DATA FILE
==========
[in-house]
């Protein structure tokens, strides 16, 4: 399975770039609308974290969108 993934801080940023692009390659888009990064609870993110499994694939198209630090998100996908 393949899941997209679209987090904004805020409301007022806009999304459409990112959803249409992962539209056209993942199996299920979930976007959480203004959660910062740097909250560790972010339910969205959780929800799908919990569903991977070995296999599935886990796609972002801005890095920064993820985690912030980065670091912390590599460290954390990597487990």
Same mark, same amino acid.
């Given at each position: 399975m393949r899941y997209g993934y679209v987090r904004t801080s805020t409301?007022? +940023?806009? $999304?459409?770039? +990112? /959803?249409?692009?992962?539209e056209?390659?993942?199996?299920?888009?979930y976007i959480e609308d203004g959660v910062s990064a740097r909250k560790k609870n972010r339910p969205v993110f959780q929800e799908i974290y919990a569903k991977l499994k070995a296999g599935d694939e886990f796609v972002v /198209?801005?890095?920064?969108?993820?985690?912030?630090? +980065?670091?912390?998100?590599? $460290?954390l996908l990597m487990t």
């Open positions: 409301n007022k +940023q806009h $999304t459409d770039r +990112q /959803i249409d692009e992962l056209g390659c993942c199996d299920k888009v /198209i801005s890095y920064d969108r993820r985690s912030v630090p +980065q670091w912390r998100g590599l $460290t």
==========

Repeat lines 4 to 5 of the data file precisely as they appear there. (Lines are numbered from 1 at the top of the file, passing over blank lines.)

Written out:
């Given at each position: 399975m393949r899941y997209g993934y679209v987090r904004t801080s805020t409301?007022? +940023?806009? $999304?459409?770039? +990112? /959803?249409?692009?992962?539209e056209?390659?993942?199996?299920?888009?979930y976007i959480e609308d203004g959660v910062s990064a740097r909250k560790k609870n972010r339910p969205v993110f959780q929800e799908i974290y919990a569903k991977l499994k070995a296999g599935d694939e886990f796609v972002v /198209?801005?890095?920064?969108?993820?985690?912030?630090? +980065?670091?912390?998100?590599? $460290?954390l996908l990597m487990t």
């Open positions: 409301n007022k +940023q806009h $999304t459409d770039r +990112q /959803i249409d692009e992962l056209g390659c993942c199996d299920k888009v /198209i801005s890095y920064d969108r993820r985690s912030v630090p +980065q670091w912390r998100g590599l $460290t």